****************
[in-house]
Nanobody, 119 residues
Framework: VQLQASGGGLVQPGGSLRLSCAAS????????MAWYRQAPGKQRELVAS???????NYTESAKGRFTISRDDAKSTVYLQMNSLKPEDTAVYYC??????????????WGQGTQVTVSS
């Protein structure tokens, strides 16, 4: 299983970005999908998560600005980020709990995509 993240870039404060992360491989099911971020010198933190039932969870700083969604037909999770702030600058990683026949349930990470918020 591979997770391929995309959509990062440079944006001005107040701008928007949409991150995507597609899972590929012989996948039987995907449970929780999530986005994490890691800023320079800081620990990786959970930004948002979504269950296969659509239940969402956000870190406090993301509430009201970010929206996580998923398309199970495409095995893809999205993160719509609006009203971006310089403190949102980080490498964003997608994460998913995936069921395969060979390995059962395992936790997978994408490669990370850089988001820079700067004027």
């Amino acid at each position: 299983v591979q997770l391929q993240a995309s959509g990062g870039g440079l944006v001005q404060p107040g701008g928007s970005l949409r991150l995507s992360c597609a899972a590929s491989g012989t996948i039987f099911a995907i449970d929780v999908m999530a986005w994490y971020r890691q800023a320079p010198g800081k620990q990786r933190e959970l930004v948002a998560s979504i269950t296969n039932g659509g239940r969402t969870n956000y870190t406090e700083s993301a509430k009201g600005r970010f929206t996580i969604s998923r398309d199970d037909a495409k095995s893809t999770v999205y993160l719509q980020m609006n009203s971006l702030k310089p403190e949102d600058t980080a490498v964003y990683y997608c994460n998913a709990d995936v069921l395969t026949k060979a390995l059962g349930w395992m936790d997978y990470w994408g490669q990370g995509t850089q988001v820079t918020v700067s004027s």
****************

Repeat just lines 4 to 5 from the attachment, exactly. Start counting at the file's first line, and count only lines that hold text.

């Protein structure tokens, strides 16, 4: 299983970005999908998560600005980020709990995509 993240870039404060992360491989099911971020010198933190039932969870700083969604037909999770702030600058990683026949349930990470918020 591979997770391929995309959509990062440079944006001005107040701008928007949409991150995507597609899972590929012989996948039987995907449970929780999530986005994490890691800023320079800081620990990786959970930004948002979504269950296969659509239940969402956000870190406090993301509430009201970010929206996580998923398309199970495409095995893809999205993160719509609006009203971006310089403190949102980080490498964003997608994460998913995936069921395969060979390995059962395992936790997978994408490669990370850089988001820079700067004027």
């Amino acid at each position: 299983v591979q997770l391929q993240a995309s959509g990062g870039g440079l944006v001005q404060p107040g701008g928007s970005l949409r991150l995507s992360c597609a899972a590929s491989g012989t996948i039987f099911a995907i449970d929780v999908m999530a986005w994490y971020r890691q800023a320079p010198g800081k620990q990786r933190e959970l930004v948002a998560s979504i269950t296969n039932g659509g239940r969402t969870n956000y870190t406090e700083s993301a509430k009201g600005r970010f929206t996580i969604s998923r398309d199970d037909a495409k095995s893809t999770v999205y993160l719509q980020m609006n009203s971006l702030k310089p403190e949102d600058t980080a490498v964003y990683y997608c994460n998913a709990d995936v069921l395969t026949k060979a390995l059962g349930w395992m936790d997978y990470w994408g490669q990370g995509t850089q988001v820079t918020v700067s004027s």